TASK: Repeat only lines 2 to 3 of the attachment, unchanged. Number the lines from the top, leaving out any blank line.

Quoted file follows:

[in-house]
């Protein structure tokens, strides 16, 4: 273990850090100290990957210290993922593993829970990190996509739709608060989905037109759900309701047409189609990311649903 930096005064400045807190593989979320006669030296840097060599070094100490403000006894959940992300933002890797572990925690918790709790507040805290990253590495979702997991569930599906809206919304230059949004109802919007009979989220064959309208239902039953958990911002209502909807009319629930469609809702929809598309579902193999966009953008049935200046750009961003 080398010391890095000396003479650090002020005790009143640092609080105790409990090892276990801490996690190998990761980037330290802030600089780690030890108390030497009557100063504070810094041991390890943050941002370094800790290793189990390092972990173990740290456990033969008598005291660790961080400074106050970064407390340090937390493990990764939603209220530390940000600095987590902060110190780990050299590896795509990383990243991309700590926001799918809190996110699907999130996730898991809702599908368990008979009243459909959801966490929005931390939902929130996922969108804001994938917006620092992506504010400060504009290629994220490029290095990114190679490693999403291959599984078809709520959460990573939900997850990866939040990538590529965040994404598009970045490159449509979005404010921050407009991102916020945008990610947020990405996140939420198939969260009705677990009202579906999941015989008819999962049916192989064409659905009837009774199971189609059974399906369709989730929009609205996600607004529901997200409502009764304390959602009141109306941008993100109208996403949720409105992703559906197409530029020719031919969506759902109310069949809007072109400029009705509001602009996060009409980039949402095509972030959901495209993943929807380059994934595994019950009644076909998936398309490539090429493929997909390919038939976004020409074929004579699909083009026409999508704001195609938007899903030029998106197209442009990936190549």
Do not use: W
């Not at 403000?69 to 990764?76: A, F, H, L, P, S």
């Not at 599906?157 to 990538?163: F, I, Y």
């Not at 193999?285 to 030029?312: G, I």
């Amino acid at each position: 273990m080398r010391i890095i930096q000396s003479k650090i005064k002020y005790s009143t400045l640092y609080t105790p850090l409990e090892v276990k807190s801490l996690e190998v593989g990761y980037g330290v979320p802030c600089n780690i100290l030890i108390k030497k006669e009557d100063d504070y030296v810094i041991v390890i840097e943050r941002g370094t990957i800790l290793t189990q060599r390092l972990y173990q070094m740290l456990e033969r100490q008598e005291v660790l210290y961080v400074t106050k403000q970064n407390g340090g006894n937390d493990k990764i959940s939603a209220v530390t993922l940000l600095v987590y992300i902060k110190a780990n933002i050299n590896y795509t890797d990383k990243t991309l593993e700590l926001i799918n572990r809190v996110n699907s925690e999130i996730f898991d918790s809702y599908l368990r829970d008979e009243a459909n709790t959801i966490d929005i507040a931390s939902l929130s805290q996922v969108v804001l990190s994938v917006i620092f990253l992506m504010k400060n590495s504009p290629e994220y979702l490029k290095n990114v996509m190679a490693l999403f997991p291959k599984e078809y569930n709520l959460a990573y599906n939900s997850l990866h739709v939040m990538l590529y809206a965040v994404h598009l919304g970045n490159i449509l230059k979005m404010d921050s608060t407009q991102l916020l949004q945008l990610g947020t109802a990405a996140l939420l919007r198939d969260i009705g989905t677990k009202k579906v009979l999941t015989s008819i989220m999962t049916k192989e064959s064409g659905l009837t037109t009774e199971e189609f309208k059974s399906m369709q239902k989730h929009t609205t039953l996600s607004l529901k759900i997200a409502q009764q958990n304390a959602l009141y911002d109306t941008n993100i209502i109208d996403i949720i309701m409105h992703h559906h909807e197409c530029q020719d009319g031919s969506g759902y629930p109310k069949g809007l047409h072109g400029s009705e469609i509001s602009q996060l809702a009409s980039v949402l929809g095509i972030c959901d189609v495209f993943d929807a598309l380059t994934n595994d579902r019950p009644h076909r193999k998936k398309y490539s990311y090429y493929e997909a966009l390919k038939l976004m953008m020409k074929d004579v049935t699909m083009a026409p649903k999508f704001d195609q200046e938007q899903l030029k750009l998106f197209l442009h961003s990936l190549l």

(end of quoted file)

């Protein structure tokens, strides 16, 4: 273990850090100290990957210290993922593993829970990190996509739709608060989905037109759900309701047409189609990311649903 930096005064400045807190593989979320006669030296840097060599070094100490403000006894959940992300933002890797572990925690918790709790507040805290990253590495979702997991569930599906809206919304230059949004109802919007009979989220064959309208239902039953958990911002209502909807009319629930469609809702929809598309579902193999966009953008049935200046750009961003 080398010391890095000396003479650090002020005790009143640092609080105790409990090892276990801490996690190998990761980037330290802030600089780690030890108390030497009557100063504070810094041991390890943050941002370094800790290793189990390092972990173990740290456990033969008598005291660790961080400074106050970064407390340090937390493990990764939603209220530390940000600095987590902060110190780990050299590896795509990383990243991309700590926001799918809190996110699907999130996730898991809702599908368990008979009243459909959801966490929005931390939902929130996922969108804001994938917006620092992506504010400060504009290629994220490029290095990114190679490693999403291959599984078809709520959460990573939900997850990866939040990538590529965040994404598009970045490159449509979005404010921050407009991102916020945008990610947020990405996140939420198939969260009705677990009202579906999941015989008819999962049916192989064409659905009837009774199971189609059974399906369709989730929009609205996600607004529901997200409502009764304390959602009141109306941008993100109208996403949720409105992703559906197409530029020719031919969506759902109310069949809007072109400029009705509001602009996060009409980039949402095509972030959901495209993943929807380059994934595994019950009644076909998936398309490539090429493929997909390919038939976004020409074929004579699909083009026409999508704001195609938007899903030029998106197209442009990936190549």
Do not use: W